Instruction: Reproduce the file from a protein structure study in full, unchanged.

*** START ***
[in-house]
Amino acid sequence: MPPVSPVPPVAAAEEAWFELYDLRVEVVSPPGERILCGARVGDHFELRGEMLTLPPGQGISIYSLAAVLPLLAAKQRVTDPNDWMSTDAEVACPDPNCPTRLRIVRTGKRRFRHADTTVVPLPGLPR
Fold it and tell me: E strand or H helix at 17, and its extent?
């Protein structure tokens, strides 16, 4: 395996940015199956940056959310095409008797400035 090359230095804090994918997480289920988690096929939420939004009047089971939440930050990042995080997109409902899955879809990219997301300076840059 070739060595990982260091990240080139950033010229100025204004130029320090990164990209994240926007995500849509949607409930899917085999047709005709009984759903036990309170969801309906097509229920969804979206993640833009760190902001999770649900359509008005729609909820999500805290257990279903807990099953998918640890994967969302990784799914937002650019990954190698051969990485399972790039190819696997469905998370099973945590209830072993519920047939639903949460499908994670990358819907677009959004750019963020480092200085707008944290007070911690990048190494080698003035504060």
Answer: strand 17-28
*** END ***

[in-house]
Amino acid sequence: MPPVSPVPPVAAAEEAWFELYDLRVEVVSPPGERILCGARVGDHFELRGEMLTLPPGQGISIYSLAAVLPLLAAKQRVTDPNDWMSTDAEVACPDPNCPTRLRIVRTGKRRFRHADTTVVPLPGLPR
Fold it and tell me: E strand or H helix at 17, and its extent?
């Protein structure tokens, strides 16, 4: 395996940015199956940056959310095409008797400035 090359230095804090994918997480289920988690096929939420939004009047089971939440930050990042995080997109409902899955879809990219997301300076840059 070739060595990982260091990240080139950033010229100025204004130029320090990164990209994240926007995500849509949607409930899917085999047709005709009984759903036990309170969801309906097509229920969804979206993640833009760190902001999770649900359509008005729609909820999500805290257990279903807990099953998918640890994967969302990784799914937002650019990954190698051969990485399972790039190819696997469905998370099973945590209830072993519920047939639903949460499908994670990358819907677009959004750019963020480092200085707008944290007070911690990048190494080698003035504060």
Answer: strand 17-28